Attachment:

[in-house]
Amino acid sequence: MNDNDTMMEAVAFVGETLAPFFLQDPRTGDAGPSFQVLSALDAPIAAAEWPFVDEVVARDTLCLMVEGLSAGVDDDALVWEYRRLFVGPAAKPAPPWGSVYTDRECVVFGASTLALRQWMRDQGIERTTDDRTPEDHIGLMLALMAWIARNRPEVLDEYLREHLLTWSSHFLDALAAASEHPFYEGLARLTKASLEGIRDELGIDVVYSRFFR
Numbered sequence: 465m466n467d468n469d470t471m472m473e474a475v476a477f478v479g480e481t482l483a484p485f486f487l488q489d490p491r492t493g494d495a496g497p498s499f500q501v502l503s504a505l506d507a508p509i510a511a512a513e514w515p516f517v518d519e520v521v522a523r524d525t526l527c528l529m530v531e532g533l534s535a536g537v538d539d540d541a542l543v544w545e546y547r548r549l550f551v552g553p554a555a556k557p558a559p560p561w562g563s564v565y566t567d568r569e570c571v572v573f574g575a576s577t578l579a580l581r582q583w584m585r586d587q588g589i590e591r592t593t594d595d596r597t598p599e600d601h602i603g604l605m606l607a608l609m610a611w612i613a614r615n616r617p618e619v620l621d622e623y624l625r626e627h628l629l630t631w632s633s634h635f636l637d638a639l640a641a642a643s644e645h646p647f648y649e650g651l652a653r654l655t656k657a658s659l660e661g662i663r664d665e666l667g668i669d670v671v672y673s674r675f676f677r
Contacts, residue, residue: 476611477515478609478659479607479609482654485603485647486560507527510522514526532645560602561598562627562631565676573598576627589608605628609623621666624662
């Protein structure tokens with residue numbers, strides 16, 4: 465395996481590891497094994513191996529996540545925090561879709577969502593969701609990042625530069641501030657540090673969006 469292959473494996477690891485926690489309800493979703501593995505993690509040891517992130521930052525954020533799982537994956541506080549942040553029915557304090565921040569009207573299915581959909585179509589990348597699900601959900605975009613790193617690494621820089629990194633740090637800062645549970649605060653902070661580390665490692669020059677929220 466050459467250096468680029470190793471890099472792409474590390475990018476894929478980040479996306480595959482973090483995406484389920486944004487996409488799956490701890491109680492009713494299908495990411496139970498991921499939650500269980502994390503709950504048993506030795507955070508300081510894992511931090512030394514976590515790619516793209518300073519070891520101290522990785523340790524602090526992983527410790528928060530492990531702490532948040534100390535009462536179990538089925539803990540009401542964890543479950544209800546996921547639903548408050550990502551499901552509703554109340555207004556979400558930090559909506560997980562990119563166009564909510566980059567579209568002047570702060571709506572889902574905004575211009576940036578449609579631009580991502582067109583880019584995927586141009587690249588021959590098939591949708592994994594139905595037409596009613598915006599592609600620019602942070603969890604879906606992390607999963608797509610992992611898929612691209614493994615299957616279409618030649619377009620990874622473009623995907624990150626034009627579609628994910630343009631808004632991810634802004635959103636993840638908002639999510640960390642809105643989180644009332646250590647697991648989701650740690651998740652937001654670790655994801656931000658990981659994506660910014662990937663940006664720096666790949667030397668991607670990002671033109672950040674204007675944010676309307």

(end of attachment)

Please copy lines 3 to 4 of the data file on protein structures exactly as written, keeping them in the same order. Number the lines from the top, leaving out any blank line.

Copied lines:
Numbered sequence: 465m466n467d468n469d470t471m472m473e474a475v476a477f478v479g480e481t482l483a484p485f486f487l488q489d490p491r492t493g494d495a496g497p498s499f500q501v502l503s504a505l506d507a508p509i510a511a512a513e514w515p516f517v518d519e520v521v522a523r524d525t526l527c528l529m530v531e532g533l534s535a536g537v538d539d540d541a542l543v544w545e546y547r548r549l550f551v552g553p554a555a556k557p558a559p560p561w562g563s564v565y566t567d568r569e570c571v572v573f574g575a576s577t578l579a580l581r582q583w584m585r586d587q588g589i590e591r592t593t594d595d596r597t598p599e600d601h602i603g604l605m606l607a608l609m610a611w612i613a614r615n616r617p618e619v620l621d622e623y624l625r626e627h628l629l630t631w632s633s634h635f636l637d638a639l640a641a642a643s644e645h646p647f648y649e650g651l652a653r654l655t656k657a658s659l660e661g662i663r664d665e666l667g668i669d670v671v672y673s674r675f676f677r
Contacts, residue, residue: 476611477515478609478659479607479609482654485603485647486560507527510522514526532645560602561598562627562631565676573598576627589608605628609623621666624662